Our goal is to provide safe, reliable natural gas service to our customers and ensure the safety of people living and working near our natural gas pipelines. This document is an important part of our ongoing communication plan to increase awareness of pipeline safety. Please take the time to read this critical information.
The popular choice … Natural gas is the most popular energy for home heating. Its uses are expanding to many other applications due to its ease of use and positive environmental qualities. Natural gas provides about 24 percent of all the energy used in the United States and natural gas utilities serve more than 65 million residential, commercial and industrial customers.
The safest choice … According to National Transportation Safety Board statistics, natural gas pipelines are the safest method of energy transportation. Intermountain Gas Company uses the latest technology, security and industry practices to monitor pipelines and maintain service and safety. Intermountain Gas executes many programs to ensure your safety: Design and construction monitoring 24 hours a day, seven days a week; Integrity management: inspection and patrol training; public awareness coordination; and communication with police and fire officials.
The safety commitment … It is extremely unlikely that a natural gas leak will occur. The information provided here will prepare you in the event of an occurrence. These safety guidelines will provide you with important information to help you avoid dangerous activity and help you recognize and respond to a natural gas leak. Protecting you, your property and the environment is our commitment.
Leak Recognition and Response
A gas leak is usually recognized by smell, sight or sound:
SIGHT – A dust cloud, mist, fog, bubbles in standing water, or vegetation that appears to be dead or dying for no apparent reason.
SOUND – An unusual noise like roaring, hissing or whistling.
SMELL – The distinctive gaseous odor is an odorant added to natural gas and has a smell similar to rotten eggs or a recently lit match.
What should you do if you suspect a leak – Leaking natural gas is dangerous. It can cause a fire or explosion.
MOVE – to a safe location.
CALL – from a safe location call your local emergency responders at 911 and Great Plains Natural Gas at: 877-267-4764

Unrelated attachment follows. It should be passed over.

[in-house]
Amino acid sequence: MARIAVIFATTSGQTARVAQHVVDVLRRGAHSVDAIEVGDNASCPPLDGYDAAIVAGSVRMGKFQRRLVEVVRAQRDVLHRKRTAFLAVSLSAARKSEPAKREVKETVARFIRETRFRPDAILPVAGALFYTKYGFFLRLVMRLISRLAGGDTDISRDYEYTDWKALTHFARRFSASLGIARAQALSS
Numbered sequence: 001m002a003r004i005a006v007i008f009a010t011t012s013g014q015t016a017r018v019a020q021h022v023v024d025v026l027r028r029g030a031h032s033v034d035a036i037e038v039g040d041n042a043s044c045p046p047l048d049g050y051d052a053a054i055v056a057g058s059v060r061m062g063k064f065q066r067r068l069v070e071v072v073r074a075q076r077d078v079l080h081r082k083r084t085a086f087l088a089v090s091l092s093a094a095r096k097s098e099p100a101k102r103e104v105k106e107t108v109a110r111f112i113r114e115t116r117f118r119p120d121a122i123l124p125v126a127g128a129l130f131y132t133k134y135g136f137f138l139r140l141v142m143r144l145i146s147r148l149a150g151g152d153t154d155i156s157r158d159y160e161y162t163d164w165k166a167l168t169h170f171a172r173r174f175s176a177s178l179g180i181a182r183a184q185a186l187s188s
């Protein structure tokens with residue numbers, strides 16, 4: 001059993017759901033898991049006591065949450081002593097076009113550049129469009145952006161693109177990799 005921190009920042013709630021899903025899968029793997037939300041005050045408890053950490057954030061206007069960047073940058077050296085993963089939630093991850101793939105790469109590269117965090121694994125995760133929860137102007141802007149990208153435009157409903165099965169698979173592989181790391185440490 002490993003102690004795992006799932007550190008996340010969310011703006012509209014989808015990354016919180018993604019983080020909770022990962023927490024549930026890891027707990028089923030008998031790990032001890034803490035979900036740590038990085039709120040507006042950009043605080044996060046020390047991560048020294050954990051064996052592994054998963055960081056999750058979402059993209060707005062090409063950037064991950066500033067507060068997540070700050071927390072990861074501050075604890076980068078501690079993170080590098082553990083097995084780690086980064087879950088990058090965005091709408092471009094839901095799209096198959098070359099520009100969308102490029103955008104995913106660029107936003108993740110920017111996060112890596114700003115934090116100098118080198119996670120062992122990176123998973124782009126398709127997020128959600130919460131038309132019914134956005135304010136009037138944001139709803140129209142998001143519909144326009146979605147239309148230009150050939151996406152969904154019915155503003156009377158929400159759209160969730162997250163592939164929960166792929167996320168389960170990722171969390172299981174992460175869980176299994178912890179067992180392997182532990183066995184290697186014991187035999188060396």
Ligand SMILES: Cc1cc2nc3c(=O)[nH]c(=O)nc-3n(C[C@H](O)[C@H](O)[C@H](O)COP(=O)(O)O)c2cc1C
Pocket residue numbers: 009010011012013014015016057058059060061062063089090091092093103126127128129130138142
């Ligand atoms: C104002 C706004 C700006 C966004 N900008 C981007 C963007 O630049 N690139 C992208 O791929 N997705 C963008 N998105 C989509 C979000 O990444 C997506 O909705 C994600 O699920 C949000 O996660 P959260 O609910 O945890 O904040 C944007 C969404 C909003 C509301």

DO NOT – strike a match, or switch anything on or off, including garage door openers or a flash light.
DO NOT – use a phone in the home.
DO NOT – attempt to extinguish any pipeline fire that may start.
DO NOT – attempt to operate pipeline valves.
Keep clear until the fire department or Intermountain Gas personnel say it’s safe to return.
Pipeline markers are an important safety precaution. Since pipelines are buried underground, pipeline markers are used to show the approximate location and identify the companies that own and operate them. These markers are found where a pipeline intersects a street, highway or railway. The pipeline may not follow a straight course between markers.
They are used to designate the general route of the pipeline. Be aware of any pipeline markers in your neighborhood; write down the natural gas operator’s name and phone number in case of an emergency.
Pipeline markers provide critical information in keeping you safe.
Markers DO NOT show: the depth of, the number of and the exact location of the pipeline.
Markers DO show: the approximate location of the pipeline, the material being transported, the natural gas operator and the operator’s emergency phone number.
Pipeline Operator’s Actions During an Emergency:
The pipeline operator, in cooperation with local emergency responders, will immediately dispatch personnel to the site to help handle the emergency and to provide information to public safety officials to aid their response to the emergency. They also will take the necessary operating actions such as closing and opening valves to minimize the impact of the situation.